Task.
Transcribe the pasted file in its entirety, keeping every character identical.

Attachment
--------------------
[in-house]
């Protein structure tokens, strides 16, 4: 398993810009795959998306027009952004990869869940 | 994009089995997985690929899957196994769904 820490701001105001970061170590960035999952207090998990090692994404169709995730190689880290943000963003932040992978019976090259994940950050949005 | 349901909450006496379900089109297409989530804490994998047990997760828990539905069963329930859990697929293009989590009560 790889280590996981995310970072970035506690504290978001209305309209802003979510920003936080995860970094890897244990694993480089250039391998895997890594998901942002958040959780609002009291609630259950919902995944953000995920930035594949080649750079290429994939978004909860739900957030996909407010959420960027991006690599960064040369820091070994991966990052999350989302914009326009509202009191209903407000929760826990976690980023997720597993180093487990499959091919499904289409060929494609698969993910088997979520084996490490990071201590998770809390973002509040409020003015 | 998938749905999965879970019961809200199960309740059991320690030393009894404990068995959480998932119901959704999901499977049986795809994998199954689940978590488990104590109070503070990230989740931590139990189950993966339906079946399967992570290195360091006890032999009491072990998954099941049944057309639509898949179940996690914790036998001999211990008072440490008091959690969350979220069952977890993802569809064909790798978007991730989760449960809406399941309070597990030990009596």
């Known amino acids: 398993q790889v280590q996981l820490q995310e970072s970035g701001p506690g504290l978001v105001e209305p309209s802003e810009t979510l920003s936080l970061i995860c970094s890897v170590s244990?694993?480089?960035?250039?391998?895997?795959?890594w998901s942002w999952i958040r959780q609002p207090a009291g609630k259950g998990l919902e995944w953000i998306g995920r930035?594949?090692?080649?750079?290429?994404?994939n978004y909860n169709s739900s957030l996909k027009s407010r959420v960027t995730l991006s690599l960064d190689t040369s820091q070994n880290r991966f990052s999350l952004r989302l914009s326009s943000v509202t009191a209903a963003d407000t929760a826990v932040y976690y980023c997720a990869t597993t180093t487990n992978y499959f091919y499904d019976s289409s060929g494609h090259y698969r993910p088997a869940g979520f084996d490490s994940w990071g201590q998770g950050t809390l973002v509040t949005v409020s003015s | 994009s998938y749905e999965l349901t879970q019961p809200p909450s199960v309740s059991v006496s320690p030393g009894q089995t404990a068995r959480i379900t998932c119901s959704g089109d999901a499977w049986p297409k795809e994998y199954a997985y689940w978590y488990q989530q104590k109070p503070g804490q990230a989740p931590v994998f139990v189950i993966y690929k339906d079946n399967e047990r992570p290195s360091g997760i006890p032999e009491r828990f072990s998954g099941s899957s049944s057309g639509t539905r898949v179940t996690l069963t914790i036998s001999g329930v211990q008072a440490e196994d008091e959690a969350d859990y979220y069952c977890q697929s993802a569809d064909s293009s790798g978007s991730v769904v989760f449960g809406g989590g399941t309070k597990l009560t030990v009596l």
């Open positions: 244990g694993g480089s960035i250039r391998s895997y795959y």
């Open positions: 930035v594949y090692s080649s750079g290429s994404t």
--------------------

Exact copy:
[in-house]
């Protein structure tokens, strides 16, 4: 398993810009795959998306027009952004990869869940 | 994009089995997985690929899957196994769904 820490701001105001970061170590960035999952207090998990090692994404169709995730190689880290943000963003932040992978019976090259994940950050949005 | 349901909450006496379900089109297409989530804490994998047990997760828990539905069963329930859990697929293009989590009560 790889280590996981995310970072970035506690504290978001209305309209802003979510920003936080995860970094890897244990694993480089250039391998895997890594998901942002958040959780609002009291609630259950919902995944953000995920930035594949080649750079290429994939978004909860739900957030996909407010959420960027991006690599960064040369820091070994991966990052999350989302914009326009509202009191209903407000929760826990976690980023997720597993180093487990499959091919499904289409060929494609698969993910088997979520084996490490990071201590998770809390973002509040409020003015 | 998938749905999965879970019961809200199960309740059991320690030393009894404990068995959480998932119901959704999901499977049986795809994998199954689940978590488990104590109070503070990230989740931590139990189950993966339906079946399967992570290195360091006890032999009491072990998954099941049944057309639509898949179940996690914790036998001999211990008072440490008091959690969350979220069952977890993802569809064909790798978007991730989760449960809406399941309070597990030990009596």
């Known amino acids: 398993q790889v280590q996981l820490q995310e970072s970035g701001p506690g504290l978001v105001e209305p309209s802003e810009t979510l920003s936080l970061i995860c970094s890897v170590s244990?694993?480089?960035?250039?391998?895997?795959?890594w998901s942002w999952i958040r959780q609002p207090a009291g609630k259950g998990l919902e995944w953000i998306g995920r930035?594949?090692?080649?750079?290429?994404?994939n978004y909860n169709s739900s957030l996909k027009s407010r959420v960027t995730l991006s690599l960064d190689t040369s820091q070994n880290r991966f990052s999350l952004r989302l914009s326009s943000v509202t009191a209903a963003d407000t929760a826990v932040y976690y980023c997720a990869t597993t180093t487990n992978y499959f091919y499904d019976s289409s060929g494609h090259y698969r993910p088997a869940g979520f084996d490490s994940w990071g201590q998770g950050t809390l973002v509040t949005v409020s003015s | 994009s998938y749905e999965l349901t879970q019961p809200p909450s199960v309740s059991v006496s320690p030393g009894q089995t404990a068995r959480i379900t998932c119901s959704g089109d999901a499977w049986p297409k795809e994998y199954a997985y689940w978590y488990q989530q104590k109070p503070g804490q990230a989740p931590v994998f139990v189950i993966y690929k339906d079946n399967e047990r992570p290195s360091g997760i006890p032999e009491r828990f072990s998954g099941s899957s049944s057309g639509t539905r898949v179940t996690l069963t914790i036998s001999g329930v211990q008072a440490e196994d008091e959690a969350d859990y979220y069952c977890q697929s993802a569809d064909s293009s790798g978007s991730v769904v989760f449960g809406g989590g399941t309070k597990l009560t030990v009596l």
């Open positions: 244990g694993g480089s960035i250039r391998s895997y795959y």
């Open positions: 930035v594949y090692s080649s750079g290429s994404t």